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Is There a Pulsar in Supernova 1987A?
24 de Febrero de 1989
A recent announcement of the discovery of a pulsar in Supernova 1987A in the Large Magellanic Cloud has excited the world-wide astronomical community. New observations at the La Silla Observatory by a group of European astronomers from the Max Planck Institute for Extraterrestrial Physics and the European Southern Observatory, however, do not confirm the reality of this object. More observations are now needed to settle this important question.
Searching for the pulsar in Supernova 1987A
Since the explosion of the now famous supernova in the Large Magellanic Cloud on February 23, 1987, astronomers have been eagerly waiting for the emergence of a newborn pulsar. Current theories predict that the explosion of a heavy star as a supernova will result in most of its mass being blown out into surrounding space, but also that some of it will be compressed into an extremely dense and rapidly rotating neutron star at the centre. Such an object would later manifest its presence in the supernova by the emission of regular light pulses (hence the name “pulsar''). Neutron stars measure no more than 10 -15 kilometres across, but they weigh as much as our Sun which is about 100,000 times as large.
Of half a dozen pulsars known in supernova remnants, the most famous are those in the Crab Nebula and the Vela Nebula. The detection of a pulsar inside SN 1987A, the first naked-eye supernova in nearly four centuries, would provide the definitive confirmation of the creation of pulsars in supernova explosions. Extensive searches for such a pulsar have therefore been made at some southern observatories since the explosion was first recorded, almost exactly two years ago. This is done by observing the supernova light with a “rapid'' photometer, capable of measuring the light intensity many times each second. A pulsar would reveal itself by the presence of brief “flashes'' of extra light, regularly spaced in time.
Immediately after the explosion, the dense cloud around the supernova did not allow a look at its centre, but as the clouds become thinner, light from the new pulsar should eventually become visible. Many astronomers have been waiting for this exciting moment.
On 8 February 1989, a group of American astronomers announced the discovery of a very fast pulsar in SN 1987A, flashing no less than 1969 times per second. This is referred to as 1969 cycles/second and supposedly corresponds to the number of rotations per second by the pulsar. No other pulsar has ever been found to rotate this fast. These observations were made on January 18, 1989 at the Cerro Tololo Interamerican Observatory, situated about 100 km south of La Silla. Surprisingly, the American group did not see any pulsations when the observations were continued 12 days later with another telescope.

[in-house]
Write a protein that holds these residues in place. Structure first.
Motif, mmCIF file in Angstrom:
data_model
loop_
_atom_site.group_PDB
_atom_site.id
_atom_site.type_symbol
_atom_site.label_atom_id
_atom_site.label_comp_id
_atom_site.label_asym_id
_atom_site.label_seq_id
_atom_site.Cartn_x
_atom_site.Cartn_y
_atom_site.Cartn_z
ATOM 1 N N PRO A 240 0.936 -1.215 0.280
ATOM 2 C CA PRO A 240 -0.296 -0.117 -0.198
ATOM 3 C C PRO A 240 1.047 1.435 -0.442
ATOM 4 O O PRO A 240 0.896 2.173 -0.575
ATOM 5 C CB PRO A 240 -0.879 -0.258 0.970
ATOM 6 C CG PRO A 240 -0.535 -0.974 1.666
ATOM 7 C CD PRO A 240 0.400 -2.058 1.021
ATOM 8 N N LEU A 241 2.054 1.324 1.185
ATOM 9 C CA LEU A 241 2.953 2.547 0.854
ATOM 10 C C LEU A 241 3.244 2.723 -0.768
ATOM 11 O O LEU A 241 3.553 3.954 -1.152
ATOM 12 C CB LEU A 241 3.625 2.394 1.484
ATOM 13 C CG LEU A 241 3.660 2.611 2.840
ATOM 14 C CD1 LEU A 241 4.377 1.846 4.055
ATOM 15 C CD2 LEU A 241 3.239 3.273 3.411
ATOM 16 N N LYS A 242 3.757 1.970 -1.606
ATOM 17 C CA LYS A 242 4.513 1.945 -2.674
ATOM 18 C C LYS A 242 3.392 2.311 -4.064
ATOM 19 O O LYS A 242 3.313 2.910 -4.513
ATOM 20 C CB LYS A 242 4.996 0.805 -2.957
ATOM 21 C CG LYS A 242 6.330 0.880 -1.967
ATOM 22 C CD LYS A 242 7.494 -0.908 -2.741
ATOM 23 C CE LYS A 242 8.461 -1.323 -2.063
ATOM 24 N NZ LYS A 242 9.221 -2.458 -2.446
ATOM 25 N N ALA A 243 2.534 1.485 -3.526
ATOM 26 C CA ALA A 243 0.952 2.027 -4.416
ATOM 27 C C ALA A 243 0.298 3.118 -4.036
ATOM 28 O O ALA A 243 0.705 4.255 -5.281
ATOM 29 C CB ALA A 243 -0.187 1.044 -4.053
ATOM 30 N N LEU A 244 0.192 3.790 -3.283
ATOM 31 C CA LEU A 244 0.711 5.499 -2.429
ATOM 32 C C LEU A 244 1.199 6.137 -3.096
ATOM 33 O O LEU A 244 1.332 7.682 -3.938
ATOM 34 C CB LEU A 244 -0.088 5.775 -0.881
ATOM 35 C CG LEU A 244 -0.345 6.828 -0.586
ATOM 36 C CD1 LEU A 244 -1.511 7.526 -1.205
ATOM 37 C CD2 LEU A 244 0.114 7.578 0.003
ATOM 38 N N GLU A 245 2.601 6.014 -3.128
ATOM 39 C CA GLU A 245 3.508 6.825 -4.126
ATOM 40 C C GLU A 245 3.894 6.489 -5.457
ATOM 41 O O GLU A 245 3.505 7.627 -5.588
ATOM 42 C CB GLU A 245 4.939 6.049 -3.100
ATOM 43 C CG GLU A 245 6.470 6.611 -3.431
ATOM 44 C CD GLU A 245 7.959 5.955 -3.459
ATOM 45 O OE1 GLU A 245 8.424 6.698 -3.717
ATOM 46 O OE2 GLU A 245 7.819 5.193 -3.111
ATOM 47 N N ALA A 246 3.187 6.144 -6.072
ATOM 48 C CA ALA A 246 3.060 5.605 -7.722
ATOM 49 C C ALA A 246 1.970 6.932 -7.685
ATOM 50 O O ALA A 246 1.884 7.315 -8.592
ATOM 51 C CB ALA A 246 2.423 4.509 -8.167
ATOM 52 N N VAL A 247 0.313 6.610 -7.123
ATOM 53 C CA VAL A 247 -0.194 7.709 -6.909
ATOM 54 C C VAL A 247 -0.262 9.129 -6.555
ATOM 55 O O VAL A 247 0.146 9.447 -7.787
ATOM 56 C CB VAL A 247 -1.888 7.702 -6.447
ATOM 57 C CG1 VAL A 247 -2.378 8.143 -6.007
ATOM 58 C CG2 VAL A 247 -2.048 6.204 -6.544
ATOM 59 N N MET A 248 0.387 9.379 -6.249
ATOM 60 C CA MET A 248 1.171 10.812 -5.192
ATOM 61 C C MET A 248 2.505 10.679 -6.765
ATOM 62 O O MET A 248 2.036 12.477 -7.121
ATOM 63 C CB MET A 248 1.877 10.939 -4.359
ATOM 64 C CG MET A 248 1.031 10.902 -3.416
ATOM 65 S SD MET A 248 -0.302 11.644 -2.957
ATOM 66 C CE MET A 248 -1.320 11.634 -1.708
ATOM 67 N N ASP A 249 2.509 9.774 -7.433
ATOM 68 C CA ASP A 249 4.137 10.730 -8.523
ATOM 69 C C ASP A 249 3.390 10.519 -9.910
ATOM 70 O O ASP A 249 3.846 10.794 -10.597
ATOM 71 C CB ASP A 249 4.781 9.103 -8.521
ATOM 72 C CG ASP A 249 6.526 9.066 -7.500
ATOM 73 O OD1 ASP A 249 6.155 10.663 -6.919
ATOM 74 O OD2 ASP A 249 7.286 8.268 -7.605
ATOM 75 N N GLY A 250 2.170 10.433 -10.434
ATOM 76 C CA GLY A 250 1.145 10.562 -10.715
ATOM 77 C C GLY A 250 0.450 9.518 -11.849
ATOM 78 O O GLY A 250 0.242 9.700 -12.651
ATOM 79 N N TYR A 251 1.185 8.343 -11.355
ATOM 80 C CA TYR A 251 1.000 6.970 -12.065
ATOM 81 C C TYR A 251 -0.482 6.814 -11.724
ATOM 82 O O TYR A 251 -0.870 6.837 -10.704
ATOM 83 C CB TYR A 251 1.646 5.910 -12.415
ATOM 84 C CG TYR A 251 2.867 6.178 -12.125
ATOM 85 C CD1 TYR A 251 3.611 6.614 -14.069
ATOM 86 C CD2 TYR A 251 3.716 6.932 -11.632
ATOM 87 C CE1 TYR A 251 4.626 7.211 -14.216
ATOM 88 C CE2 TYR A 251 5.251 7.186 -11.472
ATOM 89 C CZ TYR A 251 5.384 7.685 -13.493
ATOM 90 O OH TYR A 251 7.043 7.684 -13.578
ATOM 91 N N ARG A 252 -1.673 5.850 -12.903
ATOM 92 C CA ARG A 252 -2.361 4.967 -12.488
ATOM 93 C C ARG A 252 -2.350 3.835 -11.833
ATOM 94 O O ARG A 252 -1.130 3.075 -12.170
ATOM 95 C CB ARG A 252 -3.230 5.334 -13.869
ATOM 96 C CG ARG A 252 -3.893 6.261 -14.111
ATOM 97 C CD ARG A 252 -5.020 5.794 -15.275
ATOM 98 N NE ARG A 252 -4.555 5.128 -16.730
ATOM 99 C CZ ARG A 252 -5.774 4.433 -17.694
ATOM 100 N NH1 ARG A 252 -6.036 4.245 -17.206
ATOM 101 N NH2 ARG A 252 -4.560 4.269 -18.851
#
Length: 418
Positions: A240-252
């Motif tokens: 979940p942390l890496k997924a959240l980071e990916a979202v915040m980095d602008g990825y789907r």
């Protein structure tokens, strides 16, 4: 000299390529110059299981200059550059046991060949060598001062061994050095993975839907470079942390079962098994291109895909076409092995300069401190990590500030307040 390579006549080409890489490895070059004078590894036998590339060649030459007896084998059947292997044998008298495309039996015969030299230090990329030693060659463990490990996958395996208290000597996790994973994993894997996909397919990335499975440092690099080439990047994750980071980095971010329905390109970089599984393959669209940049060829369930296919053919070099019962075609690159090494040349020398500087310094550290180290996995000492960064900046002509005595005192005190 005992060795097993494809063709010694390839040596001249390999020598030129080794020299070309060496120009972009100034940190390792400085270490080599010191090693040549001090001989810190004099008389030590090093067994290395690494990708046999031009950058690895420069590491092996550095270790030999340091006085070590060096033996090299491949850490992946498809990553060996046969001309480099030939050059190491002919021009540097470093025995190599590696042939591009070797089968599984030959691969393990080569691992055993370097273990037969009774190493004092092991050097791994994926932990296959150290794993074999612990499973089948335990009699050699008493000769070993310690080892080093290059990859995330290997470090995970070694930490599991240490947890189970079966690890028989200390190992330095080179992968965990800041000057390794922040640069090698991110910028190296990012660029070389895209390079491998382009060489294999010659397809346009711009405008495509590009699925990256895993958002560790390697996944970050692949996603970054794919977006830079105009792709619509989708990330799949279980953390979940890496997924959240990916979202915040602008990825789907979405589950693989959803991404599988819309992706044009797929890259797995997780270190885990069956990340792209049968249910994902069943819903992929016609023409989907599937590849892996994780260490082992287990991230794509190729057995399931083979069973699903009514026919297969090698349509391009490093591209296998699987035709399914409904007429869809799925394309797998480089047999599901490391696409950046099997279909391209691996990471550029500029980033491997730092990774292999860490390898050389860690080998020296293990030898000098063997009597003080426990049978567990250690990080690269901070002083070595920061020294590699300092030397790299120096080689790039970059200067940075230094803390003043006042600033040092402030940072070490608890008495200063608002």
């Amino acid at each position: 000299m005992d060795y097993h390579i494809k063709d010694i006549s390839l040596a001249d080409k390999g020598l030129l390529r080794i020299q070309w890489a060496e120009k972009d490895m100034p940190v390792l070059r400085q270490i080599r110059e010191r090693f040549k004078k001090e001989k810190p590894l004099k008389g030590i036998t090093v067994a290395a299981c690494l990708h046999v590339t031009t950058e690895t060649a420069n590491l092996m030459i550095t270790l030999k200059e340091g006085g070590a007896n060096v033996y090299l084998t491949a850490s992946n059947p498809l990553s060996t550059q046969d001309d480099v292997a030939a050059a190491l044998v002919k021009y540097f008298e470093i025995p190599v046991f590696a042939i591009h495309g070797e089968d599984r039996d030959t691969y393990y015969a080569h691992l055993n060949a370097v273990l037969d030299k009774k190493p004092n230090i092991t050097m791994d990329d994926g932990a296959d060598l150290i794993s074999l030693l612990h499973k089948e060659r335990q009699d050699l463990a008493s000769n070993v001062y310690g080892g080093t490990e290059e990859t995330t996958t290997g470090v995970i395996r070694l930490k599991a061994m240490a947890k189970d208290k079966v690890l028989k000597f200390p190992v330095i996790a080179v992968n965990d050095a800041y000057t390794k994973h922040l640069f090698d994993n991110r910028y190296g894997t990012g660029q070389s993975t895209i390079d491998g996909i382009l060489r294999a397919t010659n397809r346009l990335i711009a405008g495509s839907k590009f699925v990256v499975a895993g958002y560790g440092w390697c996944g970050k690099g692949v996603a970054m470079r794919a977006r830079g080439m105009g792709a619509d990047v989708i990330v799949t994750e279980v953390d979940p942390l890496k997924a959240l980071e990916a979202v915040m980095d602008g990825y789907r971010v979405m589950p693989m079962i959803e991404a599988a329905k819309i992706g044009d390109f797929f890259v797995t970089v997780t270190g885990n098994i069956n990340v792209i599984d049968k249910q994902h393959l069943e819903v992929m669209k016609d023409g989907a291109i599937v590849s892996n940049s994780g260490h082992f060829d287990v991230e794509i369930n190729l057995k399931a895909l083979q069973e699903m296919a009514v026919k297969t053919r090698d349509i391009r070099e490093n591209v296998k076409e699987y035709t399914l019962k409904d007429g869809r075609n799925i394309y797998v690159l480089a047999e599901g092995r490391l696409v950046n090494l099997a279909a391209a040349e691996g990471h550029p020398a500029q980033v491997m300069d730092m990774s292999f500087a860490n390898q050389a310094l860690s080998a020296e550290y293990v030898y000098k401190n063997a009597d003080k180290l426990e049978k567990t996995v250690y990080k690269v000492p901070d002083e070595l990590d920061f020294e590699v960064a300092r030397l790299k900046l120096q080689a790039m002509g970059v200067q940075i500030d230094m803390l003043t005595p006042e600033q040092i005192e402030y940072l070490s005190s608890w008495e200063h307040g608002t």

At the European Southern Observatory, the light of the supernova has been monitored with a special, rapid photometer at the 3.6 m telescope at regular intervals during the past year. The intensity of the supernova light was measured 1000 times per second, a rate which was determined from theoretical considerations about how fast the predicted pulsar in SN 1987A might rotate. However, it is too slow to show variations at the rate observed at Tololo.
New observations fail to provide confirmation
In order to confirm the presence of a pulsar with the higher pulsation rate, the ESO instrument was modified immediately after the announcement by the American group, so that it can now measure the supernova light up to 10,000 times per second. On February 14 and 15, observations were performed at the 3.6 m telescope during a total of 8 hours. The data tapes were rushed to the ESO Headquarters in Garching near Munich. The detailed results of a careful analysis at the Max Institute for Extraterrestrial Physics have today been transmitted to the IAU Telegramme Bureau for publication on the next IAU Circular.
The European team finds that no pulsating signal is present in the ESO data near 1969 cycles/second, to a limit of 1/4000th of the intensity of the supernova light. Nor is there any obvious signal at any other frequency in the interval from 1 to 5000 cycles/sec. These observations therefore do not provide confirmation of the presence of a pulsar.
If there is a pulsar in SN 1987A, then the absence of observed pulsations in the measurements obtained after January 18, both by the American and the European groups, possibly indicate that the pulsar is being intermittently obscured by dust clouds around the supernova.
Further observations will therefore be needed to definitively demonstrate the reality of a pulsar in Supernova 1987A.
The group consists of Hakki Ögelman, Günther Hasinger and Wolfgang Pietsch (Max Planck Institut für Extraterrestrische Physik, Garching bei München, F.R.Germany), Christian Gouiffes, Jorge Melnick, Thomas Augusteijn, Flavio Gutierrez, Preben Grosbøl and Christian Santini (ESO) and Holger Pedersen (formerly ESO, now Nordic Optical Telescope Scientific Association). This group is headed by John Middleditch, Los Alamos National Laboratory; the announcement was made on Circular 4735 of the International Astronomical Union (IAU).
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